Illinois governor Rod Blagojevich wants to raise taxes. Big time. No less than $7 billion, ostensibly to fund education and health care.

But of course, he does not want voters to blame him for increased tax bills, so he instead is pushing one of the worst possible forms of taxation, a gross receipts tax on business, on the theory that people won't care, or won't blame him when businesses raise their prices to pass along the tax.

A gross receipts tax doesn't distinguish between a profitable business and a struggling one. Both pay a tax on their gross revenues, before any expenses have been paid. This kind of tax is particularly devastating for fledgling entrepreneurial businesses, which typically do not become profitable immediately upon being started. Also hit hard are businesses facing difficult times, marginally profitable or unprofitable. Many will close, while others will resort to layoffs if they have to come up with cash to pay the governor's new taxes. A better plan to dry up the creation of new jobs and new wealth would be hard to find.

In order to sell this bad idea, Blago is resorting to religion, provoking snickering from the state's journalists. Although I don't know the governor or his commitment to his faith, apparently those more familiar with him find such an appeal ludicrous coming from his lips

The suburban Daily Herald in the Chicago area wrote:

Never strike up a conversation about religion or politics. It's a maxim the state's political class generally follows.

So when Democratic Gov. Rod Blagojevich invoked God while pitching his tax-increase-for-health-insurance plan last week, it raised a few eyebrows. It also led several lawmakers to criticize Blagojevich, not previously known very much for religion, as a phony.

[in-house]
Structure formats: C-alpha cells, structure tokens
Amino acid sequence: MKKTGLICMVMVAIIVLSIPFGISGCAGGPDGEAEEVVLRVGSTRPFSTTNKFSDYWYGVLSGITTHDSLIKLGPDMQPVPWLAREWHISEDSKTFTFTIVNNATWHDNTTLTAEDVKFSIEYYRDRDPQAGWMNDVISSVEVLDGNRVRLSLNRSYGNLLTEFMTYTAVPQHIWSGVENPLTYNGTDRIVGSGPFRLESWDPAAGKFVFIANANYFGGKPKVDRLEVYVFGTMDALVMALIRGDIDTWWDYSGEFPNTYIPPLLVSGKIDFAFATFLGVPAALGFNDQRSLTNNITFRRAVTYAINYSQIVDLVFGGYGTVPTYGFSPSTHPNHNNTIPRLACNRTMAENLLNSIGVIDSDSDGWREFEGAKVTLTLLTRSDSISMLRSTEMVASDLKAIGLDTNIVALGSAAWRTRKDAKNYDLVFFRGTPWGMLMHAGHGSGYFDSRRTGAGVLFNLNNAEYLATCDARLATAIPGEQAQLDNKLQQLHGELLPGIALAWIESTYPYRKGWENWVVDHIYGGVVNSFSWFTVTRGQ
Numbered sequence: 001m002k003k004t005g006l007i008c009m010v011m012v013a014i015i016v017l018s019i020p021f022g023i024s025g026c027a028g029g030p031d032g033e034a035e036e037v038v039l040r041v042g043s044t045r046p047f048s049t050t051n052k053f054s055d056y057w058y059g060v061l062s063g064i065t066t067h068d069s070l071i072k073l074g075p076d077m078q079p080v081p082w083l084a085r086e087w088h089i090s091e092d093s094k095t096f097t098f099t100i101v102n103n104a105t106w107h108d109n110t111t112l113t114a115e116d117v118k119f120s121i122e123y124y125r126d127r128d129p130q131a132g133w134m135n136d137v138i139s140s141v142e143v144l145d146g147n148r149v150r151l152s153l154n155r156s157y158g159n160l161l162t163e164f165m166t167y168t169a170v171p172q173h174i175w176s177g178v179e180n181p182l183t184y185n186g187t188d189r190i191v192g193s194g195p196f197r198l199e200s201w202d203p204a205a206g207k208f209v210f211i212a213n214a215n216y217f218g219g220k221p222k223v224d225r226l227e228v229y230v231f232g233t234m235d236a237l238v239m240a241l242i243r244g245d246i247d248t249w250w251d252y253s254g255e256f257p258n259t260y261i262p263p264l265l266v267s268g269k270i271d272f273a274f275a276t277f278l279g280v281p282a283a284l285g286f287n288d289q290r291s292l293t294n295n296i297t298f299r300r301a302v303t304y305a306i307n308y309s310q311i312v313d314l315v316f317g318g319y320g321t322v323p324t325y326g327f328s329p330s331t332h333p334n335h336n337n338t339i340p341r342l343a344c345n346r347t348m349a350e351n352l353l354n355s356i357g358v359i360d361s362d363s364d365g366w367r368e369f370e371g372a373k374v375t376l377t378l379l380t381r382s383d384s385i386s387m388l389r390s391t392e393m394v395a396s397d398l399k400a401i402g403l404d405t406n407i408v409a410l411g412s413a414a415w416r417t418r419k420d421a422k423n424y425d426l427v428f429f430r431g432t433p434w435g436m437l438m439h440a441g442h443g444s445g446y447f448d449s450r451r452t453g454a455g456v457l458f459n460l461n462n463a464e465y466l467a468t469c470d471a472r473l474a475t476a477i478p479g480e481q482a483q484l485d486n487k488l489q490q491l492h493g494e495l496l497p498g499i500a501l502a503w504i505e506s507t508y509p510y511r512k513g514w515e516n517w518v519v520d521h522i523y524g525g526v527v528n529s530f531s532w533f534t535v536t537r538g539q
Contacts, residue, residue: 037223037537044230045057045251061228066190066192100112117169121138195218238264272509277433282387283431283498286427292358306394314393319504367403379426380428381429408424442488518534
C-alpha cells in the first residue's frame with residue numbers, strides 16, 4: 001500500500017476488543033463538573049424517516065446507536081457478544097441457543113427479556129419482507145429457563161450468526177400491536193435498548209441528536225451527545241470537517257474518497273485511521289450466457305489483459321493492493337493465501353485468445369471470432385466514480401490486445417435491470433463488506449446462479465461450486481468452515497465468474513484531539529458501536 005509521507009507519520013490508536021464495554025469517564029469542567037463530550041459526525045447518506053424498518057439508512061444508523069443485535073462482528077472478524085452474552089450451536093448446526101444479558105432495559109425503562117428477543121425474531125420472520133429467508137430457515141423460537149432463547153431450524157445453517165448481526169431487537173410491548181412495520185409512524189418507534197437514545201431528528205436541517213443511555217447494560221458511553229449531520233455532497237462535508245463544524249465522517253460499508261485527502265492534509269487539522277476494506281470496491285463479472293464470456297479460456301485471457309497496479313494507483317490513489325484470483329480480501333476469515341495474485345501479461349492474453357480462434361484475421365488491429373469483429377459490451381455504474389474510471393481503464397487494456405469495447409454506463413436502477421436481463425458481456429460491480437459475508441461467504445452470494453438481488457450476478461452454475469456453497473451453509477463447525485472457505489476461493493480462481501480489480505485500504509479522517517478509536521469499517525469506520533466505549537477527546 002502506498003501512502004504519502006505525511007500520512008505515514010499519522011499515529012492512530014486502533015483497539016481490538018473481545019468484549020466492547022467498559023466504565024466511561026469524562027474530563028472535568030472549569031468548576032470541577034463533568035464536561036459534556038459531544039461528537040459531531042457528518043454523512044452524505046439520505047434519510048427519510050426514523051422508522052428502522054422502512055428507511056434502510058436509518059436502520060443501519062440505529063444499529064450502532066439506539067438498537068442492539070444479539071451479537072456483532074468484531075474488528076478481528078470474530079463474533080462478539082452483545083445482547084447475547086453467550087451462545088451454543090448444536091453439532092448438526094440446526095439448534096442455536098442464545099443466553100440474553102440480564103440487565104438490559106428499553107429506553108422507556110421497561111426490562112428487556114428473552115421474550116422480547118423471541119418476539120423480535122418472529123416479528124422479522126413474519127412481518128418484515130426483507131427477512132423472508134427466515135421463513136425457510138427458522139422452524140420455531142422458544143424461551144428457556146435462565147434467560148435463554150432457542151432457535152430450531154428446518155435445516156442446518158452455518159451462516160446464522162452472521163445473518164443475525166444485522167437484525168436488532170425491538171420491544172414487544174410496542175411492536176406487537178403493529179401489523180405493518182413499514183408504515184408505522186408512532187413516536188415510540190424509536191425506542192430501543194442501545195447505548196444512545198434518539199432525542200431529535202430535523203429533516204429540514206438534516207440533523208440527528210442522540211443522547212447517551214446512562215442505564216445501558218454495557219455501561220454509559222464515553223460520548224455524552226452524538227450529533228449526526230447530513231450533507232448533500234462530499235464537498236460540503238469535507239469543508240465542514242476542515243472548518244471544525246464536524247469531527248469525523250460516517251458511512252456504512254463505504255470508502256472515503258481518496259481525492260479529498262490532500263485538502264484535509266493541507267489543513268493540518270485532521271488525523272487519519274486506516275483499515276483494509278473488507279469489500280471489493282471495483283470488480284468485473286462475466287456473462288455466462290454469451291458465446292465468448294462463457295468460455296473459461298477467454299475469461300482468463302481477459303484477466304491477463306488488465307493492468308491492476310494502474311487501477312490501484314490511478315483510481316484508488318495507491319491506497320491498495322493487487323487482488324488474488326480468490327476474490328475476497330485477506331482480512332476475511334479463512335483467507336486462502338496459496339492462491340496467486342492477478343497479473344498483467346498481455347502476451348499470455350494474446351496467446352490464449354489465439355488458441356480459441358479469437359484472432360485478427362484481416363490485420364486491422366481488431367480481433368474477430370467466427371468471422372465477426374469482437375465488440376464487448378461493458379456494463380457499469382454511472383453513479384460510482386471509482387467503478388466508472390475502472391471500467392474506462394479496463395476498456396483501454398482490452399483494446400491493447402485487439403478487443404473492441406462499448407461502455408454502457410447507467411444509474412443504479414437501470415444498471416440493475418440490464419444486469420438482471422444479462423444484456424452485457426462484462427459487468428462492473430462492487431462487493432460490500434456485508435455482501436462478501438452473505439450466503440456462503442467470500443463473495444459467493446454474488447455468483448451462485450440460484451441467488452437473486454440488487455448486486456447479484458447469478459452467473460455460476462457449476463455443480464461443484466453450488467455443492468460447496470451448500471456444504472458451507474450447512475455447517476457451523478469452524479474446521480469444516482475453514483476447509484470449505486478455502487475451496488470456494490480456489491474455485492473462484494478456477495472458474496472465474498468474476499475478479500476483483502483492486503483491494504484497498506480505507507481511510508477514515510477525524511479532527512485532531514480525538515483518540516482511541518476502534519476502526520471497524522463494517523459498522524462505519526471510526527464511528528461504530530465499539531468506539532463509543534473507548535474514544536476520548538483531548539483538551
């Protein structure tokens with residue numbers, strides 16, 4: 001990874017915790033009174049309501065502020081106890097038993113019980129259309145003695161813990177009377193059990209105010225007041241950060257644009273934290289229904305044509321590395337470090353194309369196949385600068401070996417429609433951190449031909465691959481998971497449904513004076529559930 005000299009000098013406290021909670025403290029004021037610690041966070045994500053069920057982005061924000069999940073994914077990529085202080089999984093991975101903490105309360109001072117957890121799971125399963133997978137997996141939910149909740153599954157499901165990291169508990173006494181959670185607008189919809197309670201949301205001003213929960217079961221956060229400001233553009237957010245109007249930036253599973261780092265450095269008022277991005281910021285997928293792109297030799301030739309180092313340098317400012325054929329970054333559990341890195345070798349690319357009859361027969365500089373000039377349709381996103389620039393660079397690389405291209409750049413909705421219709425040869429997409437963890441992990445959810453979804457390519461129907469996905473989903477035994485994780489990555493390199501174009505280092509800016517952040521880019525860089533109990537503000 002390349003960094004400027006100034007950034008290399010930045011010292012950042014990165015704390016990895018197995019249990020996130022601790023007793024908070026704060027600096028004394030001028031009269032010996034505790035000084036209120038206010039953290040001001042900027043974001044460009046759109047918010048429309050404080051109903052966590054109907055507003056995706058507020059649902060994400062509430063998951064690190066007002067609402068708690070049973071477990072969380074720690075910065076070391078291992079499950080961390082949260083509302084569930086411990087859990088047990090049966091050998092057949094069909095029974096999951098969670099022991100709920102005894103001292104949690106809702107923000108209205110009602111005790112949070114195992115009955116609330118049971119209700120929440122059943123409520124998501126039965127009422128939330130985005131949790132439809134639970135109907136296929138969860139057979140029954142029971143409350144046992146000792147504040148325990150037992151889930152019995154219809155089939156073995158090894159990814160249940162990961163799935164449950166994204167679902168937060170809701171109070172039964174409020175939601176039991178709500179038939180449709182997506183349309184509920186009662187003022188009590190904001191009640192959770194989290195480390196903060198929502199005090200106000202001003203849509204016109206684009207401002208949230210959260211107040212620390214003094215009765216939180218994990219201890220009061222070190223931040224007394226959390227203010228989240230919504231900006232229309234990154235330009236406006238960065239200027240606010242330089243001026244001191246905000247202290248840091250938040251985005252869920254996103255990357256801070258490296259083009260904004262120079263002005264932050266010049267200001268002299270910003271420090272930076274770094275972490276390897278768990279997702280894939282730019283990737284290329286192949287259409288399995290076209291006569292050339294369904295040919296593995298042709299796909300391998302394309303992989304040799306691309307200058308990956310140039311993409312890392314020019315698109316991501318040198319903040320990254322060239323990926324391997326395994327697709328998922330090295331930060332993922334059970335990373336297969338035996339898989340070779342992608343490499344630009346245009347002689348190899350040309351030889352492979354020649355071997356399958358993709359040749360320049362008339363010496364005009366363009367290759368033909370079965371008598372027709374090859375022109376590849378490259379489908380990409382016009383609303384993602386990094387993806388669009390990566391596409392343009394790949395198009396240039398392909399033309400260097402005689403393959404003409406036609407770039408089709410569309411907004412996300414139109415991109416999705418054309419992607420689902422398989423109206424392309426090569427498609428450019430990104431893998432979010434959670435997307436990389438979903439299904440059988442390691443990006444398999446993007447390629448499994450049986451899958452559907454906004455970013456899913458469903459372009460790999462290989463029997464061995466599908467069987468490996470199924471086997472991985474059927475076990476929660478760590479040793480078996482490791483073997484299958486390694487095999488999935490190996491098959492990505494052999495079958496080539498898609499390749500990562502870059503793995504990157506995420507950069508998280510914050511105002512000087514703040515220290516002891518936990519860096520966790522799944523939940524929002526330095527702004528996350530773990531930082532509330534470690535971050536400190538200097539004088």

"I welcome an appropriate reference to the Almighty. But with Rod, it's very hard to take him seriously," said Republican state Sen. Dan Cronin of Elmhurst, who is Catholic. "I've got to believe they discovered he needs to say the word ‘God' to pick up some support with some group."

While Blagojevich declined an opportunity to discuss the topic with the Daily Herald, he did tell the political Web site thecapitolfaxblog.com that he wanted to mobilize black churches to put pressure on lawmakers to approve his plan.
The Courrier-News, also a suburban Chicago paper wrote:

Trying to convert teachers into a political force behind his new business tax plan, Gov. Rod Blagojevich on Saturday fired up the Illinois Education Association for a brutal fight in the General Assembly.

"It will be Armageddon, but we are on the side of the Lord and we will prevail," Blagojevich told more than 1,200 cheering delegates at IEA's annual meeting in suburban Chicago.  [emphasis added]

Blagojevich is counting on new business taxes to fund his "Helping Kids Learn" proposal, first outlined Wednesday in his State of the State address. Without offering specifics, the Chicago Democrat told the teachers the proposal would invest $10 billion in schools over the next four years.
Today, the Chicago Tribune summed it up:

Blagojevich has portrayed -- often with religious overtones -- his plan as being one of good versus evil.
This sort of God talk reflects not just an inability to justify the tax on rational grounds and a craven desire to fool voters into thinking they will get a free lunch, it also reflects a deep contempt for sincere believers, as if they can be manipulated by lip service.

Gov. Blago should spend more time explaining and less time pandering.